Hillary's Asian Donors- Will Media Investigate?
The Times examined the cases of more than 150 donors who provided checks to Clinton after fundraising events geared to the Chinese community. One-third of those donors could not be found using property, telephone or business records. Most have not registered to vote, according to public records.
And several dozen were described in financial reports as holding jobs -- including dishwasher, server or chef -- that would normally make it difficult to donate amounts ranging from $500 to the legal maximum of $2,300 per election.
Of 74 residents of New York's Chinatown, Flushing, the Bronx or Brooklyn that The Times called or visited, only 24 could be reached for comment.
Many said they gave to Clinton because they were instructed to do so by local association leaders. Some said they wanted help on immigration concerns. And several spoke of the pride they felt by being associated with a powerful figure such as Clinton.This would seem to be an area where the FBI should be investigating if the donors actually gave of their free will, or if their contributions were 'bundled' and they were later illegally reimbursed. The story continues by saying, that at least some donors' existence could not even be confirmed. The Times wrote,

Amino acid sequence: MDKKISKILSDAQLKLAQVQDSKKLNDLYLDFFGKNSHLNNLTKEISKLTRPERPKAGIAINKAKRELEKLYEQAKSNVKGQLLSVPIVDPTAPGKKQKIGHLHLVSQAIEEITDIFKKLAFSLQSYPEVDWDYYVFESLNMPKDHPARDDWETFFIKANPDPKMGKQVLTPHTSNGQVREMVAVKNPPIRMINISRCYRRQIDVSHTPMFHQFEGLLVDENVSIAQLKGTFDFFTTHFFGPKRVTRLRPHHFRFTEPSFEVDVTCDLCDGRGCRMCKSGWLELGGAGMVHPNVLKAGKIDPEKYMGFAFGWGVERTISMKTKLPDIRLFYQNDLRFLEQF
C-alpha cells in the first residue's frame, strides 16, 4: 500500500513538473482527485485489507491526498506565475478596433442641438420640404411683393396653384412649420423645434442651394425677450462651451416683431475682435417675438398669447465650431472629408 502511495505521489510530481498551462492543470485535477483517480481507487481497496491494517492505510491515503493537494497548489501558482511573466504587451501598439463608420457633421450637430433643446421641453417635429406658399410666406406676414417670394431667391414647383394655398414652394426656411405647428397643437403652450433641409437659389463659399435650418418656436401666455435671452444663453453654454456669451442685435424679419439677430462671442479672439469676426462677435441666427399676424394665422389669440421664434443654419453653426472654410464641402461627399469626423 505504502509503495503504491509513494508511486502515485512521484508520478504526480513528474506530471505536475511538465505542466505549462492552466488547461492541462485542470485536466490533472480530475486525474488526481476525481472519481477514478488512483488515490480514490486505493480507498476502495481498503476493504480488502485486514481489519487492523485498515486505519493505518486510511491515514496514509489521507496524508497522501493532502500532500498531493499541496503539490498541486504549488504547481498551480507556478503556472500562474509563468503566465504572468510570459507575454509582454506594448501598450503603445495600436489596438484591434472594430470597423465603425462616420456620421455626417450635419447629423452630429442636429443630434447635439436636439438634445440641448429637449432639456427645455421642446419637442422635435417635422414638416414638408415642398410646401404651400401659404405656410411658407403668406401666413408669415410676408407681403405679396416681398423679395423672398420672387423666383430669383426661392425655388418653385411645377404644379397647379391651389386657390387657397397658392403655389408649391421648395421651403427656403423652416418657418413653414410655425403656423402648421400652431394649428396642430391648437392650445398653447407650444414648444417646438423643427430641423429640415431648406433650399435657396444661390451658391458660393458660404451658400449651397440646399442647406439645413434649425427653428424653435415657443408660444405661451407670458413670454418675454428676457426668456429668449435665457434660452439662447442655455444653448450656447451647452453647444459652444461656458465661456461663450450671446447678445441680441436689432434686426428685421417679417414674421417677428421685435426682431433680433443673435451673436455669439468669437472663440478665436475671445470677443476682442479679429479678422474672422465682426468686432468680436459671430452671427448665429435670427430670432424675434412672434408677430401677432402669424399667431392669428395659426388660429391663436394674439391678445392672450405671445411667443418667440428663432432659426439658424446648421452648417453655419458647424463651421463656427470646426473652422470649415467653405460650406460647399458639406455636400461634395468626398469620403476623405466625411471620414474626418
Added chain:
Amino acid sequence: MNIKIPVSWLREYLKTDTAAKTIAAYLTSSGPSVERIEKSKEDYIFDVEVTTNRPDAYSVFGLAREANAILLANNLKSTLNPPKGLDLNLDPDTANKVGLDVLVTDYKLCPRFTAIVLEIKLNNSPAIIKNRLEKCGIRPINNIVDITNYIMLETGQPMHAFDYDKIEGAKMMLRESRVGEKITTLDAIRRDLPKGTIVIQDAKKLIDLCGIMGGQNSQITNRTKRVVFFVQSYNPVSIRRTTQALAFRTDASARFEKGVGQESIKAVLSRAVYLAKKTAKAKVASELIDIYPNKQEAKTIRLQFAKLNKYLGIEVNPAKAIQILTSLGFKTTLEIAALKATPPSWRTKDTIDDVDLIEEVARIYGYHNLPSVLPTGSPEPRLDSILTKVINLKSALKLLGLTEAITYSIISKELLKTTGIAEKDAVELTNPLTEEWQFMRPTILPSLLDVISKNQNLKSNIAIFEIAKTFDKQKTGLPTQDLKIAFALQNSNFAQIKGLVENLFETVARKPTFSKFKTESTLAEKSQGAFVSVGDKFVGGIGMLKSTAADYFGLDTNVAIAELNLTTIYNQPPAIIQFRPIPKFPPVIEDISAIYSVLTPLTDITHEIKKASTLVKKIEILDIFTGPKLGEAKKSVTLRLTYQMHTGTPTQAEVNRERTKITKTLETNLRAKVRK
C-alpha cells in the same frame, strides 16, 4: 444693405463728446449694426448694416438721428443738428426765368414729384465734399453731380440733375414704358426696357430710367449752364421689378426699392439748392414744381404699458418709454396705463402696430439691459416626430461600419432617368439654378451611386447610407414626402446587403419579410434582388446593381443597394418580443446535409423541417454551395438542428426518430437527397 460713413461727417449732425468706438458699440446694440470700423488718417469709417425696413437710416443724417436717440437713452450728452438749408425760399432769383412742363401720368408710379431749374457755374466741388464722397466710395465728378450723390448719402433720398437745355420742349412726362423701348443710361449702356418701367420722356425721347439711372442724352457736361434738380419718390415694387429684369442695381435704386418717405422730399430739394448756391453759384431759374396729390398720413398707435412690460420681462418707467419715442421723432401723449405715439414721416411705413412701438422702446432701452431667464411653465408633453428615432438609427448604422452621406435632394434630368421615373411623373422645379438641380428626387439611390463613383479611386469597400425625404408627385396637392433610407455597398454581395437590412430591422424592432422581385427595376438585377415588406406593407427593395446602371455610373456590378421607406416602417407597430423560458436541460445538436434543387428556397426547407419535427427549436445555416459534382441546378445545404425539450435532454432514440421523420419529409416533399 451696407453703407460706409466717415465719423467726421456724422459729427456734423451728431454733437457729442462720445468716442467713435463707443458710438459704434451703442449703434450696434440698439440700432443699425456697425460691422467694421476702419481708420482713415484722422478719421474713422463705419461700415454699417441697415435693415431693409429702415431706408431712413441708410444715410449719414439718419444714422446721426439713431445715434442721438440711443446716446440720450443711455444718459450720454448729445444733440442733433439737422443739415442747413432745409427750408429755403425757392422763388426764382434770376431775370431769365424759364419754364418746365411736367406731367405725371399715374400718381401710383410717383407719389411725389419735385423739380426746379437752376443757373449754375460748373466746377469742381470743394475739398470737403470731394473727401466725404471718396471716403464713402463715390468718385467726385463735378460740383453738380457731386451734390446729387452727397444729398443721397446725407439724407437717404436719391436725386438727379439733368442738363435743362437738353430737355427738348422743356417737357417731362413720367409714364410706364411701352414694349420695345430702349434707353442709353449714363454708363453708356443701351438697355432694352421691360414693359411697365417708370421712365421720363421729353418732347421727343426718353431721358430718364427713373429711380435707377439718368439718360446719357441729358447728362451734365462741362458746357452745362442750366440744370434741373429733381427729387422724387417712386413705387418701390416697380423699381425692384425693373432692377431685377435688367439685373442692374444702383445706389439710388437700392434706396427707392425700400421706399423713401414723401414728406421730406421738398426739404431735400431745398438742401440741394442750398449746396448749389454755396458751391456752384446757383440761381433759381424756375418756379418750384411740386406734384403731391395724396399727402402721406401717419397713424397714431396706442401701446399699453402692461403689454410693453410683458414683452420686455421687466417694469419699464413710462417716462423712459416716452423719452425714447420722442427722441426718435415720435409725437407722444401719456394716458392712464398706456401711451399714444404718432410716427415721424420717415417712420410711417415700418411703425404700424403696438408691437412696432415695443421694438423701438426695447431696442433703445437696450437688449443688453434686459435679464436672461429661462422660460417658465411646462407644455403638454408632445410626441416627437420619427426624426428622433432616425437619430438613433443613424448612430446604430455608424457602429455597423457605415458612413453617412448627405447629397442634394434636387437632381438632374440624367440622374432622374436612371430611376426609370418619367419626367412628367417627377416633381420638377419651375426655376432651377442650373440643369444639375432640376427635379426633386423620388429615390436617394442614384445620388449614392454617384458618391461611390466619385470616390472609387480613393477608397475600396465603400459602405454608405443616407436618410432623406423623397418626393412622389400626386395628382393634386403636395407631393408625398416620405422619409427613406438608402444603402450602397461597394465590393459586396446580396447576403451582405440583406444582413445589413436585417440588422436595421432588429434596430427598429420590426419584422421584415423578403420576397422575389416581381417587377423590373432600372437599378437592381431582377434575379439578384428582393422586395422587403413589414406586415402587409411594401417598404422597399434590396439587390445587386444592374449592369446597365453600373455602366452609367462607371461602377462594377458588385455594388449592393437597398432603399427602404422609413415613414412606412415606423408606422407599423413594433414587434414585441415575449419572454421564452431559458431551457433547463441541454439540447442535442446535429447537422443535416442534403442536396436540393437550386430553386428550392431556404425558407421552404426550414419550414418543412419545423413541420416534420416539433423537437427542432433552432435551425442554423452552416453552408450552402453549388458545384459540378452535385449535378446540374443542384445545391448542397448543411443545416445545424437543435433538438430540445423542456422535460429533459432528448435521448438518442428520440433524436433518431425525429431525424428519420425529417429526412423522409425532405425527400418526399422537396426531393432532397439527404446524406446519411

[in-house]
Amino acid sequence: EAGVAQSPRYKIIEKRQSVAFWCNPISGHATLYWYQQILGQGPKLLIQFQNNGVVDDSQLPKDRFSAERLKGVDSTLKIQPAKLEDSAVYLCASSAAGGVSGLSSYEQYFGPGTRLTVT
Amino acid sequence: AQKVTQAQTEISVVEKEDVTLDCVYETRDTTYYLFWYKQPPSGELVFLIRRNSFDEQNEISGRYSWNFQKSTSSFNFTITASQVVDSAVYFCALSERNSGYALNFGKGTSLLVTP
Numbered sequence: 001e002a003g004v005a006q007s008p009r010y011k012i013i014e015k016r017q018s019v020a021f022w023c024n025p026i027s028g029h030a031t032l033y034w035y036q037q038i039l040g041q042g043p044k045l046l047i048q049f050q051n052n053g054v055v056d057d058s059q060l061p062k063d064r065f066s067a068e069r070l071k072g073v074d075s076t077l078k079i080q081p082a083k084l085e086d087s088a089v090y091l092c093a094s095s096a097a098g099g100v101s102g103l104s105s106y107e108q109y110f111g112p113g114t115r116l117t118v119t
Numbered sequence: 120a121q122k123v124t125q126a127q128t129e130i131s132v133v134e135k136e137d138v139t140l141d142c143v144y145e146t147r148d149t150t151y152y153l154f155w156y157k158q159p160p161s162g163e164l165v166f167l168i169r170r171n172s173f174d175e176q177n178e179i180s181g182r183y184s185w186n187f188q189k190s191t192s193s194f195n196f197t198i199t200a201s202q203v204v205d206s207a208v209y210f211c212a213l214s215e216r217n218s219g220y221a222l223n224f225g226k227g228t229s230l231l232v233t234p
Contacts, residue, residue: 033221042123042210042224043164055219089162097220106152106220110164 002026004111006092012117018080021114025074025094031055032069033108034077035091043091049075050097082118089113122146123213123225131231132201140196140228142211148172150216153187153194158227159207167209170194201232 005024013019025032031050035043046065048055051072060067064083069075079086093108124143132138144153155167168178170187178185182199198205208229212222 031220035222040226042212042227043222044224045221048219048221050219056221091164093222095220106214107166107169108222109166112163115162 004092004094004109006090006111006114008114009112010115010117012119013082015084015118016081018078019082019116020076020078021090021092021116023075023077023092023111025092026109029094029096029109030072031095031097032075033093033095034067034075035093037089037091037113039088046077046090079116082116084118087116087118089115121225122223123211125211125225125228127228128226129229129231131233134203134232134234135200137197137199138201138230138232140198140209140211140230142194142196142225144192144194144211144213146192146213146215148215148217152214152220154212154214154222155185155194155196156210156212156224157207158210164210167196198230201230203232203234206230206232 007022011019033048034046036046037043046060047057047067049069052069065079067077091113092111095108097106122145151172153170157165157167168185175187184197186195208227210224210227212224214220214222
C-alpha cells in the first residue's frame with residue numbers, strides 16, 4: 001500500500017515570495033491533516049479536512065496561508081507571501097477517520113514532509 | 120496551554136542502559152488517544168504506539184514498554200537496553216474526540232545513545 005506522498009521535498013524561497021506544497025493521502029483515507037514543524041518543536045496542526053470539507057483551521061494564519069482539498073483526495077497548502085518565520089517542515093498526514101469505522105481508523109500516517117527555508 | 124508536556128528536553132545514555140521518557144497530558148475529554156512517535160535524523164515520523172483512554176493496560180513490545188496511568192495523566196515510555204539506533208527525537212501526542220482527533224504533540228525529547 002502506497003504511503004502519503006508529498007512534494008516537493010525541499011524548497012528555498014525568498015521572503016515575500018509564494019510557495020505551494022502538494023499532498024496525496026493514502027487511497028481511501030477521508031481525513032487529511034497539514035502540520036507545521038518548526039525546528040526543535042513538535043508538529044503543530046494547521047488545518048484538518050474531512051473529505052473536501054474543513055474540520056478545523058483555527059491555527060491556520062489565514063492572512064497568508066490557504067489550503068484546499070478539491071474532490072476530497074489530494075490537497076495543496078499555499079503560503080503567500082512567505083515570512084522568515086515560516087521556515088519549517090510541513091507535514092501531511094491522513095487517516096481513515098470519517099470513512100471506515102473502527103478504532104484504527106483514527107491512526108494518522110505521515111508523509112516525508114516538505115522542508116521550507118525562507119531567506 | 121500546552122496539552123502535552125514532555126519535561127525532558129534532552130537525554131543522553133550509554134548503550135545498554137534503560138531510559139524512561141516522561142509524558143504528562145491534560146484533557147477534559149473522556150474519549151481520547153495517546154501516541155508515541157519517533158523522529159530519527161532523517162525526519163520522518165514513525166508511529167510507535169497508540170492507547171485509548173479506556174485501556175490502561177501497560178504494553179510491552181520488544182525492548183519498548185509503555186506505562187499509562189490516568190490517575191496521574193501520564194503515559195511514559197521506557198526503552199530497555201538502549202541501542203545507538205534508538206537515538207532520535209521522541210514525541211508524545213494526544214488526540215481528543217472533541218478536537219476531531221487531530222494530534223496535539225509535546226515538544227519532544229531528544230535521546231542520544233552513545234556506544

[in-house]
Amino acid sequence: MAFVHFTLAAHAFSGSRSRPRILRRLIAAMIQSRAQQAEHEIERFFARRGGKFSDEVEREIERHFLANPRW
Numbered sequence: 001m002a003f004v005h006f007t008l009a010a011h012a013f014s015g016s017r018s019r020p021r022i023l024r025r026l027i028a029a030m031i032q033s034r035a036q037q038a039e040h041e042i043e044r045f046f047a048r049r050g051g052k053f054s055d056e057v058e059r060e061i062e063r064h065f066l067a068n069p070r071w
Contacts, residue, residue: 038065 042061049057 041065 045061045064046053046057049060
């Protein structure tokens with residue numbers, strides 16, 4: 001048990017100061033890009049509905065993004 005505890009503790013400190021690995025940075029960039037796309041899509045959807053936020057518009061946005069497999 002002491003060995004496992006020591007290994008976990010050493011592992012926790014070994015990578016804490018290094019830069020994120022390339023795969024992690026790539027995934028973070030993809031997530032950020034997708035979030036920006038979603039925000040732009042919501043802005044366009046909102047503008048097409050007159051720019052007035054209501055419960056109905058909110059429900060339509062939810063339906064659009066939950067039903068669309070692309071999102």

The tenement at 44 Henry St. was listed in Clinton's campaign reports as the home of Shu Fang Li, who reportedly gave $1,000.
In a recent visit, a man, apparently drunk, was asleep near the entrance to the neighboring beauty parlor, the Nice Hair Salon.
A tenant living in the apartment listed as Li's address said through a translator that she had not heard of him, although she had lived there for the last 10 years.
A man named Liang Zheng was listed as having contributed $1,000. The address given was a large apartment building on East 194th Street in the Bronx, but no one by that name could be located there.If Hillary is gaining illegal contributions that may be coming from foreign sources, or if her campaign is using asssociations to force residents to contribute, then they are breaking the law, and should be investigated and prosecuted. The LA Times admits that it was not able to confirm the existence of some of these listed donors. The question now is, will the media actually spend any effort in investigating these shadowy donors? Based on past experience, I'm not holding my breath. Cross-posted on StoneHeads.